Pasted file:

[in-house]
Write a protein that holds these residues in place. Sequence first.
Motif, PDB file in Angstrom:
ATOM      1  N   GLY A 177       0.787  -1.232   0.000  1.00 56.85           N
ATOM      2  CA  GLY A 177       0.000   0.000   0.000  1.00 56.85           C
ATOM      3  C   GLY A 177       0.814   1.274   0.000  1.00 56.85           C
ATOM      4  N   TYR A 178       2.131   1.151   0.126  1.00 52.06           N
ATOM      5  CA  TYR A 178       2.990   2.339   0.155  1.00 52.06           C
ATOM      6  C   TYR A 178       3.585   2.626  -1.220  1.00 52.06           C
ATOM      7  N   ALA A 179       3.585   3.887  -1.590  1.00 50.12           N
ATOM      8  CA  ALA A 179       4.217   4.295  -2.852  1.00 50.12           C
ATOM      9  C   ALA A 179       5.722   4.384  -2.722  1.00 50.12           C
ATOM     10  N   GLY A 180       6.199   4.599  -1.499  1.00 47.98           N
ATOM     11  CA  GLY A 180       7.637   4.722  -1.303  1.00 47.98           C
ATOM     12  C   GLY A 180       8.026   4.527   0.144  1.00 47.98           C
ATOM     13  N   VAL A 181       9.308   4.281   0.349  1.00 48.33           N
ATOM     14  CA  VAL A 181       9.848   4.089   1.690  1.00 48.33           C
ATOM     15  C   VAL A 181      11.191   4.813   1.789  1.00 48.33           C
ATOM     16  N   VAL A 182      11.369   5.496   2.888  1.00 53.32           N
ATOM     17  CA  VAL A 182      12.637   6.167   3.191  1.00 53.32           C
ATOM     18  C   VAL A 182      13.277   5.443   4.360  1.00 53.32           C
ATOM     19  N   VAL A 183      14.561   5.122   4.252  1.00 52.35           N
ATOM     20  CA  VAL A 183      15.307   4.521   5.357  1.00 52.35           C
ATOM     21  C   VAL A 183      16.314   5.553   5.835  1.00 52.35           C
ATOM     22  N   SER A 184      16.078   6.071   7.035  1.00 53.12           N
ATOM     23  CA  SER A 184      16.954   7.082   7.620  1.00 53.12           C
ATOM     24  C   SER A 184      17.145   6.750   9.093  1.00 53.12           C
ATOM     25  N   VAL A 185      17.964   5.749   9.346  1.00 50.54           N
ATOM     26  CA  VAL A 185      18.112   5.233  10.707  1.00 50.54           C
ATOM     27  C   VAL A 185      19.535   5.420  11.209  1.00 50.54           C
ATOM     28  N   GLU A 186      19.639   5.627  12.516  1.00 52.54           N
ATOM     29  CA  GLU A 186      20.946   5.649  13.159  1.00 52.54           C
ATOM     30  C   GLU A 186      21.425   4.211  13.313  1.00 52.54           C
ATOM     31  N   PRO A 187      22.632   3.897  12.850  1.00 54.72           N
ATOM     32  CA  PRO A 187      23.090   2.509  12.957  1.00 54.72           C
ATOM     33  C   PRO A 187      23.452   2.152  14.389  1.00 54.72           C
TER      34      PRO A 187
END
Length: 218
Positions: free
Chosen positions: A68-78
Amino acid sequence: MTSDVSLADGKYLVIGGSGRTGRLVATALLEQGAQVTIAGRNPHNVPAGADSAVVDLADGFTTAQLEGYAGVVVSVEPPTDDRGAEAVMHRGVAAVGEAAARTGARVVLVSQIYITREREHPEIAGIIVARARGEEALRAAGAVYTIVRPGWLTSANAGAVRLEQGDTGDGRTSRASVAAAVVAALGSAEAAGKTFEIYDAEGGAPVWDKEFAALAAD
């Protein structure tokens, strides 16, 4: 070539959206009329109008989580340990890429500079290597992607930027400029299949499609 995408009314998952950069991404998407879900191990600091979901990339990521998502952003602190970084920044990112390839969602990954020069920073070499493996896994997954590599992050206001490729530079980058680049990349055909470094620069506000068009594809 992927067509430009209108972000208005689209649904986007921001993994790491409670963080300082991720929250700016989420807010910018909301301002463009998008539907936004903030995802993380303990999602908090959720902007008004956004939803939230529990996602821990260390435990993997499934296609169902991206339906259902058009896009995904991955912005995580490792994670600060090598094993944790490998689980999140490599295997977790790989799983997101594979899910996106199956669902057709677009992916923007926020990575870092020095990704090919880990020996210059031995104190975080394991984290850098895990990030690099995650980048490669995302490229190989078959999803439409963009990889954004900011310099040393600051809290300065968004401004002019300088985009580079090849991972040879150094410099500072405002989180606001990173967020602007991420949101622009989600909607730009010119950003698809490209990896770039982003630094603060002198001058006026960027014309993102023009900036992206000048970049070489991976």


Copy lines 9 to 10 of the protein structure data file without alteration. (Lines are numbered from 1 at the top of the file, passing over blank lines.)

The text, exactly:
ATOM      6  C   TYR A 178       3.585   2.626  -1.220  1.00 52.06           C
ATOM      7  N   ALA A 179       3.585   3.887  -1.590  1.00 50.12           N